Thousands of television sets on both cable and direct-to-home (DTH) platforms are going blank allegedly without any intimation.
Representatives of multi-system and DTH operators said this would continue for the next few days because the deadline for the switch to the new tariff regime had passed.
The Telecom Regulatory Authority of India had set March 31 as the deadline for switching to a new tariff regime, in which subscribers have to register and pay for the channels they want to watch.
But many consumers on both DTH and cable TV platforms have not yet registered their choice. The process of “switching off” the set-top boxes of such subscribers had started about a week ago and would be completed shortly, industry insiders said.
There are around 32 lakh cable TV and seven lakh DTH subscribers in the city. Around 25 per cent of them, according to industry estimates, have not yet registered their choice.
The initial deadline for the migration to the new regime was December 28. It was pushed back twice, to January 31 and March 31, as subscribers were not responding in adequate numbers.
Most of the subscribers who have not registered their choice said they had not done so either because channel prices were “too high under the new price regime” or they were expecting the deadline to be pushed back.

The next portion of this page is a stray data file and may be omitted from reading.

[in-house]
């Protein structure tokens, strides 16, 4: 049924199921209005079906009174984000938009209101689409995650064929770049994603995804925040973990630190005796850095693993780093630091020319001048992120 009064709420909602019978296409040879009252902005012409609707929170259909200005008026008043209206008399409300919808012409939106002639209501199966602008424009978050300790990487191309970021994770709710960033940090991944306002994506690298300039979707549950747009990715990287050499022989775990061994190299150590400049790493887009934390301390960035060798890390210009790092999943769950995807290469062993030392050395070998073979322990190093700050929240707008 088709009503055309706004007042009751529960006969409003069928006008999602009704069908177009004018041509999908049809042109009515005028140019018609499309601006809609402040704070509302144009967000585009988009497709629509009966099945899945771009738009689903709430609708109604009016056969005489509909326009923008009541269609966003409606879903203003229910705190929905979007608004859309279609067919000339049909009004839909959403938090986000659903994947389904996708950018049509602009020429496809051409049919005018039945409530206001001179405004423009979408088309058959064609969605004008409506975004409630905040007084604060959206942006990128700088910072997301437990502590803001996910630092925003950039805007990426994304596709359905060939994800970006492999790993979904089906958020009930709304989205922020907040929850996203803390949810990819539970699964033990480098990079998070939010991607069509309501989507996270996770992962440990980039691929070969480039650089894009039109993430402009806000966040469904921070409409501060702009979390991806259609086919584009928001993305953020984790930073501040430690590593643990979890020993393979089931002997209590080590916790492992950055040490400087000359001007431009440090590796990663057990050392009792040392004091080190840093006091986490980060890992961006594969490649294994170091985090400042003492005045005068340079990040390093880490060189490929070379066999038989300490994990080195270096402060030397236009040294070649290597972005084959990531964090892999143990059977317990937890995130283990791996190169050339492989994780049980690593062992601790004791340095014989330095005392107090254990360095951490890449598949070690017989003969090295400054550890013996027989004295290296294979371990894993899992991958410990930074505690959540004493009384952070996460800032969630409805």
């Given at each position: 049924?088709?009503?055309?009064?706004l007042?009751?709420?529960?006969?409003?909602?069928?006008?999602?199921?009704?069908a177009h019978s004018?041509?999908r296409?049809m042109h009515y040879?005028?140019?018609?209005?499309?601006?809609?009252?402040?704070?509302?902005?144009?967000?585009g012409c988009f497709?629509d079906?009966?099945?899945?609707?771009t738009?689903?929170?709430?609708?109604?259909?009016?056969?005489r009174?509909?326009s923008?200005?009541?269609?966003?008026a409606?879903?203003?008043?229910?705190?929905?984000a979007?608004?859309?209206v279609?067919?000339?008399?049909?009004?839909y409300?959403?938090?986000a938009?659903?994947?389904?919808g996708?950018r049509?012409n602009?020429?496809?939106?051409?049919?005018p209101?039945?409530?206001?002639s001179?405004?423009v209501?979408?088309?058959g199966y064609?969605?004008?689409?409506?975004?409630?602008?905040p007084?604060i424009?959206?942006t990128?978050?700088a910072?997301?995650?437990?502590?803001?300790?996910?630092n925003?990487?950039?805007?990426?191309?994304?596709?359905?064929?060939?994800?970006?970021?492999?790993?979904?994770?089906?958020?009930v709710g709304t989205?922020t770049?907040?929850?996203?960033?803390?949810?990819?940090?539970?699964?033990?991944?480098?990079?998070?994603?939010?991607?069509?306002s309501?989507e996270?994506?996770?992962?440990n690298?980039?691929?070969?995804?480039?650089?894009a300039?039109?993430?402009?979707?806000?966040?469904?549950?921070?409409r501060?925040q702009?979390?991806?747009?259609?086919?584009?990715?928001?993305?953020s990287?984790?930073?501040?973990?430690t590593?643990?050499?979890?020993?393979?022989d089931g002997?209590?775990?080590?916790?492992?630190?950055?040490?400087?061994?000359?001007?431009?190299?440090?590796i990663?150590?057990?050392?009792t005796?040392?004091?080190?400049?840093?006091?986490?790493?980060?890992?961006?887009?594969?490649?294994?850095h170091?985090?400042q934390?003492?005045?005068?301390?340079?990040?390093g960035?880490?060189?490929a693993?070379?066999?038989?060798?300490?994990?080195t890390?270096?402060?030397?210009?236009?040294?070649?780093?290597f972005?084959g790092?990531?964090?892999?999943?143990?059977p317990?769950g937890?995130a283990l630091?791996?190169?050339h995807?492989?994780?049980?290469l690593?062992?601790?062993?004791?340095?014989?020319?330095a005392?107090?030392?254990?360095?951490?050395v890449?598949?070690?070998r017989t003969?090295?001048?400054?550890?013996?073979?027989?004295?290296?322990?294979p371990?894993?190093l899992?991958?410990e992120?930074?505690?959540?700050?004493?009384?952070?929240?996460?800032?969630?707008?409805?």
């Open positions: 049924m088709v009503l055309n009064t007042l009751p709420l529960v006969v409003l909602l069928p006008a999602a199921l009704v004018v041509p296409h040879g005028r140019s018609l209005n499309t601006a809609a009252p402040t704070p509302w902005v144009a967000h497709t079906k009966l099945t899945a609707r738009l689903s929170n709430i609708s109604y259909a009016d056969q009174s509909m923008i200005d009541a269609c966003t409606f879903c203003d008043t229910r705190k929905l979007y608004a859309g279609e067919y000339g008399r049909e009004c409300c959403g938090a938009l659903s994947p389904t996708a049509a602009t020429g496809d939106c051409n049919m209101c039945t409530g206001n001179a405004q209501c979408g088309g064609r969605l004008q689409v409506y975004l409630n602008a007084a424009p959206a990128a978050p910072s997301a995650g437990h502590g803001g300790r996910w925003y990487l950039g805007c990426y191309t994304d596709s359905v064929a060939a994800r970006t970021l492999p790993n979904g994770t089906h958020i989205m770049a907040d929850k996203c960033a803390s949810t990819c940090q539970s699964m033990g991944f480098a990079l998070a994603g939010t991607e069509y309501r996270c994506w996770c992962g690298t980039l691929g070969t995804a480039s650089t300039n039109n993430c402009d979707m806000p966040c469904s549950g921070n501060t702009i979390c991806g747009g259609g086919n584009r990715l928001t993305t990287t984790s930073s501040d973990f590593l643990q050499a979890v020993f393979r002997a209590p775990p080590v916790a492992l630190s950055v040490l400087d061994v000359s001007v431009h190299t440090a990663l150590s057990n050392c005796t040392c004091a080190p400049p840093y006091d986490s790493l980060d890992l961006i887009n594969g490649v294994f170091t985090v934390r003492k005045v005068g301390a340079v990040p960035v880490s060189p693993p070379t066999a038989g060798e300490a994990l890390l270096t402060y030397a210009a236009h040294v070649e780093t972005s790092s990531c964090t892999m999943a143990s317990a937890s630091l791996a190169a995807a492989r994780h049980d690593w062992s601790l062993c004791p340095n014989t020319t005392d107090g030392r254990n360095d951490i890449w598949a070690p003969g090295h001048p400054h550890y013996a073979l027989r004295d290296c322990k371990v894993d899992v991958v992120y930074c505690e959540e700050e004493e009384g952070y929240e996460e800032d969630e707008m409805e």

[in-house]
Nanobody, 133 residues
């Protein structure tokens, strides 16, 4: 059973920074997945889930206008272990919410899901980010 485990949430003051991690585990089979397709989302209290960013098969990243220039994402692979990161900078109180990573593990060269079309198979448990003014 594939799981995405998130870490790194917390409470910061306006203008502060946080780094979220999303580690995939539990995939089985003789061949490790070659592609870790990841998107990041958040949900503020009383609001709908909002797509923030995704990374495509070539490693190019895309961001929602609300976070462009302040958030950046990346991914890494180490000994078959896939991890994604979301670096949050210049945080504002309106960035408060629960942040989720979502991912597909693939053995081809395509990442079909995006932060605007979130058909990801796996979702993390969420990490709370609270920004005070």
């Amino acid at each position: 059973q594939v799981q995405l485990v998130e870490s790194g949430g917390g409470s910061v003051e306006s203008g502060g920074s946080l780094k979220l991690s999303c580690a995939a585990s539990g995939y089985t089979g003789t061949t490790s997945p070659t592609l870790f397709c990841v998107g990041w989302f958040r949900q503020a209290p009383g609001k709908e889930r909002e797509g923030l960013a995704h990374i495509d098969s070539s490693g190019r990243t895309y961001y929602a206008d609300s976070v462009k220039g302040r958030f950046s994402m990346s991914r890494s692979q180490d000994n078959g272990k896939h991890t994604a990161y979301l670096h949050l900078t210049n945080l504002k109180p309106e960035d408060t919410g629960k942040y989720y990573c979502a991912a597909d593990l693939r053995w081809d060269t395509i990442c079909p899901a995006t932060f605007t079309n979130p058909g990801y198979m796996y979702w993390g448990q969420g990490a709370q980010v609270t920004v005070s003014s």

Consumers, especially on DTH platforms, expressed surprise over the suddenness of the screens going blank.
“I knew we would have to register the channels we wanted to watch but did not imagine our DTH service provider would not send us any intimation before snapping the connection. They keep sending us all sorts of promotional text messages but there was no communication before our connection was snapped on Tuesday (March 26),” said a resident of Karunamoyee in Salt Lake, who had bought a prepaid monthly rental plan of Rs 650 in the earlier regime.
Aniket Bose of Kalikapur, a Siticable customer, said he had registered a list of channels for one of his connections but was taking time for the other because he had heard the deadline would be extended. The TV set for which he is yet to register his choice went blank a few days ago.
“I was expecting a scroll on the TV screen warning me that the connection would be snapped before they would actually do so. But it happened suddenly,” said Bose, who works at a firm in Sector V.
Rupak Bhattacharjee, president, All Bengal Cable Operators’ Association, said switching off the connection was inevitable because the broadcasters had started demanding money for such connections.―Telegraph India